So, OK, you tell yourself, it's doing something a little bit different - but it's doing that within a fundamentally hidebound form, one that generally insists on watering everything down for optimal Sunday-teatime viewing. The most Swale carves out for herself here is maybe a toe's worth of wiggle room; my suspicion was that this project began life as a far tougher, pricklier story, and was gradually fed through the cookie cutter by producers keen to generate more of that Their Finest moolah. For starters, Alice and Vera's emerges as a very chaste love: it's swimming in underskirts, a kiss you don't see lest it scandalise somebody's Aunt Beryl, and some post-coital slumming in one of Theresa May's wheatfields. (Ninety minutes of this mooning couldn't match the charge of one glance in Portrait of a Lady on Fire.) It's brought to an end, almost as soon as it begins, not by prevailing attitudes, but a difference of opinion over parenting, intended to make the business with the refugee lad more poignant. The former would surely have been more credible, given the stakes Swale sets out (an interracial, same-sex relationship? In the Twenties' economy?); any such break-up could have provided timely comment on how conservatism stifles and shuts out at least as much as it sustains. Instead, Summerland encases a very 2020 relationship dilemma in a gleaming soap bubble and floats it backwards eighty years, hoping it won't pop along the way. Alice and Vera's story might have made for a British equivalent of Jeff Nichols' very fine Loving, an examination of the worst prejudices of the past that made the love at its centre appear all the more miraculous; perked up and jollied along as it has been, it becomes more or less entirely unbelievable.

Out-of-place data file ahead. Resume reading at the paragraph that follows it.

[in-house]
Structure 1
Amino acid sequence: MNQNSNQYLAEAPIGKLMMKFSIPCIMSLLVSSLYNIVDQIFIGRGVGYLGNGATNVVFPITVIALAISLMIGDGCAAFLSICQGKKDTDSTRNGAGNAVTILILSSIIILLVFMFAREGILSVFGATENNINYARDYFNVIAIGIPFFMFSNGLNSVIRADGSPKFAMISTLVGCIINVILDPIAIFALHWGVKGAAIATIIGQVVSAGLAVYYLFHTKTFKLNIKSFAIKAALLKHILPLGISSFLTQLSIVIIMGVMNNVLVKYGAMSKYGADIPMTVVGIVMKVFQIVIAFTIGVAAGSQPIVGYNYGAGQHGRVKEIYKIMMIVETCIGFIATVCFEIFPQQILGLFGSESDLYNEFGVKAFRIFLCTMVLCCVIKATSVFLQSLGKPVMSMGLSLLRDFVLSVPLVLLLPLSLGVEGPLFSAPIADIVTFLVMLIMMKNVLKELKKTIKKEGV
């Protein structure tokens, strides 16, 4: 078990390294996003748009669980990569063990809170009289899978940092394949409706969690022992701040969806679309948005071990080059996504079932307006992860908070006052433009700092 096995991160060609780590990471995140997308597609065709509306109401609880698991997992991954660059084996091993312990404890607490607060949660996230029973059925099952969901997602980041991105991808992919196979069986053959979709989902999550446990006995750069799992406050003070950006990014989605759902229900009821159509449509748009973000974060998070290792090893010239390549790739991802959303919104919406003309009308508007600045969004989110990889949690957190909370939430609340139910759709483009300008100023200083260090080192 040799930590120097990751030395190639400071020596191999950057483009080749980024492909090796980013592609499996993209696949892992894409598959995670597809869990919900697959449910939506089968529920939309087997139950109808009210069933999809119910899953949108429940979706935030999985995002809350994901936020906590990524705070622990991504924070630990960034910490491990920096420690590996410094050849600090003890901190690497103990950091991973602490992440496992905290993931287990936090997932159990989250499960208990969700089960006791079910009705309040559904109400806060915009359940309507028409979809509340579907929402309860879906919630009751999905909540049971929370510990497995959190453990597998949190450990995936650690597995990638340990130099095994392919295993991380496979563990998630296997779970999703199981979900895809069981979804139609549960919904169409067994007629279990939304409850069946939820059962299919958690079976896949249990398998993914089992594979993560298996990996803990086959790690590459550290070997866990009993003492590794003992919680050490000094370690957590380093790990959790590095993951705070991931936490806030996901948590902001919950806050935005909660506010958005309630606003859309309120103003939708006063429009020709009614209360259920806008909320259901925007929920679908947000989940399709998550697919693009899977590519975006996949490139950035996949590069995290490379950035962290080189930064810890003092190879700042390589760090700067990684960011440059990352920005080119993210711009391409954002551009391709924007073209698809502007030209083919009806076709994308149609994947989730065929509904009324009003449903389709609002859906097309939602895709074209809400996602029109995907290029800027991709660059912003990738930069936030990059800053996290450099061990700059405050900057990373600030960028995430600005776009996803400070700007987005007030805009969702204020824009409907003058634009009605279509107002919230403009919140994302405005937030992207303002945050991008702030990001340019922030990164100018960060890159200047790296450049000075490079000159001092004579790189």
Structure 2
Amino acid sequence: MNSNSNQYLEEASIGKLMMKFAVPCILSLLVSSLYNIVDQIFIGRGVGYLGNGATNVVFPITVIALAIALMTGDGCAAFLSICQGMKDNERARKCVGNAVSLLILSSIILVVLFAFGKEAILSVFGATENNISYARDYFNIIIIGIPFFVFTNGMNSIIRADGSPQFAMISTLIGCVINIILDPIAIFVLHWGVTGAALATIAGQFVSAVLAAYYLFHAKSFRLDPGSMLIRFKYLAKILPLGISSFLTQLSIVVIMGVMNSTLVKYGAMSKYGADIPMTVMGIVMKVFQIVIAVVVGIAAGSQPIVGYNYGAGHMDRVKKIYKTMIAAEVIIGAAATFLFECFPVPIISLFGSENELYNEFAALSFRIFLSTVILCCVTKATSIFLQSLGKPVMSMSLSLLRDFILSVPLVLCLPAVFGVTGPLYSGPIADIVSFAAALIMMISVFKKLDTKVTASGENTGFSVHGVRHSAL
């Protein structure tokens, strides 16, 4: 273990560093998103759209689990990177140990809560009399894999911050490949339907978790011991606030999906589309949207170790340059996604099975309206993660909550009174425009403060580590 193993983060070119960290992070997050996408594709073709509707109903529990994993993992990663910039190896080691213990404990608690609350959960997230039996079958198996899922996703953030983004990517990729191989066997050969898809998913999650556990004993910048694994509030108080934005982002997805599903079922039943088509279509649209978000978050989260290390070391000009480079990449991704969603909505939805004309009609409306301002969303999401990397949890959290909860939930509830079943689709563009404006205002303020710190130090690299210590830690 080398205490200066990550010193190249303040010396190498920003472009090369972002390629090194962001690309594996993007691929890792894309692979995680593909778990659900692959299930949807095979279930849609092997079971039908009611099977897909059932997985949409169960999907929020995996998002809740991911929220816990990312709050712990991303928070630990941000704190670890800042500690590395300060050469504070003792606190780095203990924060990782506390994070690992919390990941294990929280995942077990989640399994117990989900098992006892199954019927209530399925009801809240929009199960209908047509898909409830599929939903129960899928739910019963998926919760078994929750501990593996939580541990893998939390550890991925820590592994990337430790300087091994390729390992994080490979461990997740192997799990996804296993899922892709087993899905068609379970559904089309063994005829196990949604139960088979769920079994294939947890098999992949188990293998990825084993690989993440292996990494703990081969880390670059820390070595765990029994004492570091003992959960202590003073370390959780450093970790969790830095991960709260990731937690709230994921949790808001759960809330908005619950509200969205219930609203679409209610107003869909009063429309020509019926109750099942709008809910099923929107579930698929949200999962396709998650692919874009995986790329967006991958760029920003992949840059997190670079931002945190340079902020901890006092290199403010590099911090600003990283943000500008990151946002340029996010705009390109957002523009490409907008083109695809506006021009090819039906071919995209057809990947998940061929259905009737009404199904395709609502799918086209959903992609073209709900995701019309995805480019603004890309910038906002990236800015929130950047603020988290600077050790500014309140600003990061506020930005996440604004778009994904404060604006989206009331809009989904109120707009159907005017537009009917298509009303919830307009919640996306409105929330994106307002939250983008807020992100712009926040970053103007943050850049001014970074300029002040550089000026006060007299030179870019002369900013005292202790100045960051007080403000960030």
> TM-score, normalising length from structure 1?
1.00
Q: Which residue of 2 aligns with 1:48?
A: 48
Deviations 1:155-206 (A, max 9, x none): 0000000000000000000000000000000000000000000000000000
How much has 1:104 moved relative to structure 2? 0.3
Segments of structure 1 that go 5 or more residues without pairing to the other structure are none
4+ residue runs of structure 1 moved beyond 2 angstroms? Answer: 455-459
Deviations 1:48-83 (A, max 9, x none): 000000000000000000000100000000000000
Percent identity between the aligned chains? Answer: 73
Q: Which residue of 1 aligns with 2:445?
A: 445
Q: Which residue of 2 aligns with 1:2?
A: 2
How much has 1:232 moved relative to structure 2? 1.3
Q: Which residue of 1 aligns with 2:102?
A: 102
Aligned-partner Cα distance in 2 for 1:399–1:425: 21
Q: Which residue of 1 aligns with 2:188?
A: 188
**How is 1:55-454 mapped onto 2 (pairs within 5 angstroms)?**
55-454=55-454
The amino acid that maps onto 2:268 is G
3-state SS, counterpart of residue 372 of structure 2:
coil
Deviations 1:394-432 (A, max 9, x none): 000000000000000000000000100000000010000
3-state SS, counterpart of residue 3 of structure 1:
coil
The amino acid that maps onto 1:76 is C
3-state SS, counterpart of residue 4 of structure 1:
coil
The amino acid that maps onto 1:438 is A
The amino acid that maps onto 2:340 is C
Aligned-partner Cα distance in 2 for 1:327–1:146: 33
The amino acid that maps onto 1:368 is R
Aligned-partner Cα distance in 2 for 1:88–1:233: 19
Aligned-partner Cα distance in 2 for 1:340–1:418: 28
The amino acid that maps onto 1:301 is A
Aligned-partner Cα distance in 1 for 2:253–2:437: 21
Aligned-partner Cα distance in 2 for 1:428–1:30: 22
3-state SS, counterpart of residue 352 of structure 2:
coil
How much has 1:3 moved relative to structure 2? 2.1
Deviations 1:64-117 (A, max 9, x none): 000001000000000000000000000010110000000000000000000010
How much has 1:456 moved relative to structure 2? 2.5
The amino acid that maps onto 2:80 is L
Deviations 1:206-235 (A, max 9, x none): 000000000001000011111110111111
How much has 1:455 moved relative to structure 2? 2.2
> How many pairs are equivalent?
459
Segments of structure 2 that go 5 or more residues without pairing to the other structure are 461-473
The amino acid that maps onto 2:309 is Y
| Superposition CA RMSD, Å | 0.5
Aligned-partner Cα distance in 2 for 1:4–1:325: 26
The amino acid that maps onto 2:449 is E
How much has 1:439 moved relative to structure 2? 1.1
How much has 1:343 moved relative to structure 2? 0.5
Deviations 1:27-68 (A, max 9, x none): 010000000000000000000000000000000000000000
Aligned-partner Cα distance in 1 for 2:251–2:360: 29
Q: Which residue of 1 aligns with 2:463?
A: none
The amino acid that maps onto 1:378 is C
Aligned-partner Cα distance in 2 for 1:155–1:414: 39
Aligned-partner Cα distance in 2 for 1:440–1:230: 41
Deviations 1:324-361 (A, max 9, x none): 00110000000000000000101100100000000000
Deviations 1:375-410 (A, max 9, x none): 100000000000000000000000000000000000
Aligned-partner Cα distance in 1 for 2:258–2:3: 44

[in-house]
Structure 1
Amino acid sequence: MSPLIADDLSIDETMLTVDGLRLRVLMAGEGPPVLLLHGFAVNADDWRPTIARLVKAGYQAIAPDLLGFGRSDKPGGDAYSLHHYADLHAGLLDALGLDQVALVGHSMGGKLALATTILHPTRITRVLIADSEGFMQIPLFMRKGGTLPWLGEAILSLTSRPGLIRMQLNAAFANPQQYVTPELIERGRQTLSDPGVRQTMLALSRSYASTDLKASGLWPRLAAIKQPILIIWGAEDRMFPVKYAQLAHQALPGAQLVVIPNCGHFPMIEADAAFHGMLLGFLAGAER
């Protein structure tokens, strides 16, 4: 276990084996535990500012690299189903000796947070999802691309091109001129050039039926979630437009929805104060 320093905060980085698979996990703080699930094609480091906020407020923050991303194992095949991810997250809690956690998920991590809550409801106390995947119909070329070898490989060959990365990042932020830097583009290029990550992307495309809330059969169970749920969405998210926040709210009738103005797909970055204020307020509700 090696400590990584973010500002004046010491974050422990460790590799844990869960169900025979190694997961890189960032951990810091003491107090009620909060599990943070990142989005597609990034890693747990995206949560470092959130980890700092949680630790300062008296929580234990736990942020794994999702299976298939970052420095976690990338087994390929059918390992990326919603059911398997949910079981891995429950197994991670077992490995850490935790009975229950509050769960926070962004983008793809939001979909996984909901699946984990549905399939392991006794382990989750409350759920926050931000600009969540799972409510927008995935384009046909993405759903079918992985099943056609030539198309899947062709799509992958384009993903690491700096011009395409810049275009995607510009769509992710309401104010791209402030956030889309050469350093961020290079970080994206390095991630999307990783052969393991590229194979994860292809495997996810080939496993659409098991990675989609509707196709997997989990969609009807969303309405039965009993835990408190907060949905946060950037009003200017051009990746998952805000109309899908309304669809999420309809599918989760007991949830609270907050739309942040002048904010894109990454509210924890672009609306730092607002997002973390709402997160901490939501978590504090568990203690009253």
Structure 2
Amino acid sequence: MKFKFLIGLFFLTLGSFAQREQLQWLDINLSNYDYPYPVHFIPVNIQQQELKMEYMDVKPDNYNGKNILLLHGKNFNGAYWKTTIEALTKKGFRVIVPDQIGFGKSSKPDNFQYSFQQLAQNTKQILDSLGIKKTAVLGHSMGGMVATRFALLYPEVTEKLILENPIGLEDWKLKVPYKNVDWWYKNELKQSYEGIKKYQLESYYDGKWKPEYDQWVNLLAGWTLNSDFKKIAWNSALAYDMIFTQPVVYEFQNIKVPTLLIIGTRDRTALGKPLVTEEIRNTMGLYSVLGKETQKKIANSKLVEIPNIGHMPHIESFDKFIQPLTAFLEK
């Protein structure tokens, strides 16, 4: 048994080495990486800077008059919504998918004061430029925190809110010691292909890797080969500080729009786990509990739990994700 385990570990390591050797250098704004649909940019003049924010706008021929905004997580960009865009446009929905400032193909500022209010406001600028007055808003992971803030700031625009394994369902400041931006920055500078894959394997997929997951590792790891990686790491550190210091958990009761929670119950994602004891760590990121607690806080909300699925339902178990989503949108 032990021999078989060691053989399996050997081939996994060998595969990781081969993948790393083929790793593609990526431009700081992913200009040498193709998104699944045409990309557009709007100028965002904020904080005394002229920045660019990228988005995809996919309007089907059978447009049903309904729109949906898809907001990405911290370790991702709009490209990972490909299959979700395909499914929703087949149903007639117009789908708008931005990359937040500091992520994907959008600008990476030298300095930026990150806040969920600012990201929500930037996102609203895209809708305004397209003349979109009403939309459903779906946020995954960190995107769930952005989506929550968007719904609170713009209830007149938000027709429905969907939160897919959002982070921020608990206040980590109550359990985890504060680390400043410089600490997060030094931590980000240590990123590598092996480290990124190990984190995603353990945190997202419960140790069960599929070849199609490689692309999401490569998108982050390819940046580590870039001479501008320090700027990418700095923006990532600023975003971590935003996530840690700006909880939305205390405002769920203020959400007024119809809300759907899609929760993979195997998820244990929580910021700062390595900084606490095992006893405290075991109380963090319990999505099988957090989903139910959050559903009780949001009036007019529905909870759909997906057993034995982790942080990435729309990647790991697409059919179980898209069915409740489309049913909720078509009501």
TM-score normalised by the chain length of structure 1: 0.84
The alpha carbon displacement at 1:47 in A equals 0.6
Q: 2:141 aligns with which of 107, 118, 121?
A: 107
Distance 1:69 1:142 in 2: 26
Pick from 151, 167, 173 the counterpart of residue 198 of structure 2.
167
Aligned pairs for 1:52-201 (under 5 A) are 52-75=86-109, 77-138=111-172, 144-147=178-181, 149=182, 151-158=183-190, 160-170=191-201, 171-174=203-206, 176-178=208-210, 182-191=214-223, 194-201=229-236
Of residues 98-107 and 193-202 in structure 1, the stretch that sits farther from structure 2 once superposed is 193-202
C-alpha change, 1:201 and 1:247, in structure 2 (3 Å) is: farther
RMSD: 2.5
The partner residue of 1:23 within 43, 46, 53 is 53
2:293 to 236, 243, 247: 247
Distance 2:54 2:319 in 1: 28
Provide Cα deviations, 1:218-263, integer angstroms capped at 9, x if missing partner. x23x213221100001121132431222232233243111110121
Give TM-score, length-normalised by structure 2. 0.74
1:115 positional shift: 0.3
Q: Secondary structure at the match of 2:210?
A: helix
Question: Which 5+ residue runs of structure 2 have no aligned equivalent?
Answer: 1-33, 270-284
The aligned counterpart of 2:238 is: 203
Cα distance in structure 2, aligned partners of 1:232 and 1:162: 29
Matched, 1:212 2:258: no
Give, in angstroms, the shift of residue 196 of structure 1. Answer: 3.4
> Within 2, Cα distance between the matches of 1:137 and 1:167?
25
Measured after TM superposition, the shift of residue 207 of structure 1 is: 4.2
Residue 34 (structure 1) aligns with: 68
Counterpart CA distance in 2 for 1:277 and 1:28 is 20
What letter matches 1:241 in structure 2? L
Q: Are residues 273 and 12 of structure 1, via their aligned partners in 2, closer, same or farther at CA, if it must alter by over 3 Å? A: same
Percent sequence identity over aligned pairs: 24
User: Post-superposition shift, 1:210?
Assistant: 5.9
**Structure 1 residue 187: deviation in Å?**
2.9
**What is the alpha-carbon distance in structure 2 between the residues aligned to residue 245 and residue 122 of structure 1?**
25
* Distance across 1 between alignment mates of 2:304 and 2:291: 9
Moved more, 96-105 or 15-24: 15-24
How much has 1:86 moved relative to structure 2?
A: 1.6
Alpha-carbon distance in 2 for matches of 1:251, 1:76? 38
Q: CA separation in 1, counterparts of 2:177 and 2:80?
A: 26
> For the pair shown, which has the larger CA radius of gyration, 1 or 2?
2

The pity is that both Mbatha-Raw and Arterton (who, in all fairness, continues to grow on me as a performer: those St. Trinian's redos were an exceptionally bad first impression she managed to overcome) play the notes they've been handed with care and skill. But they're minor notes in the tweest of symphonies, and they get scattered to the wind as the film snuggles into the cushioned comfort of its 1940s. (The War itself is barely felt, save as a couple of headlines outside the village shop, and a near-miss during the Blitz: the film's been fine-tuned to prioritise escapism above all else.) Here, Summerland settles for being wholly pleasant, the ever-welcome Tom Courtenay shuffling by from time to time as the local schoolmaster, until a late twist that suddenly renders everyone frenetic in the extreme. Just from a pacing perspective, the film is patently cuckoo: nothing happens for an hour, and then everything happens at once. (Again, you wonder: was there a longer cut that better integrated this kerfuffle?) Well, perhaps audiences now feel so starved for signs of the outside world that they'll settle for a film that is almost all sightseeing - and we should credit the gifted DoP Laurie Rose on this point: it is an achievement to make a picture this pretty, and to have spent this much time on the Dover-Folkestone border without encountering Nigel Farage trying to shoo away waves of migrants singlehandedly like a Barbour-jacketed King C(a)nut(e). Yet that romanticised vision is Summerland's issue in a cnut-shell: any 2020 release that invites us to look upon Britain as a just, blossoming and fruitful land is as much optical illusion as Alice's castles in the sky.
Summerland is now playing in cinemas nationwide.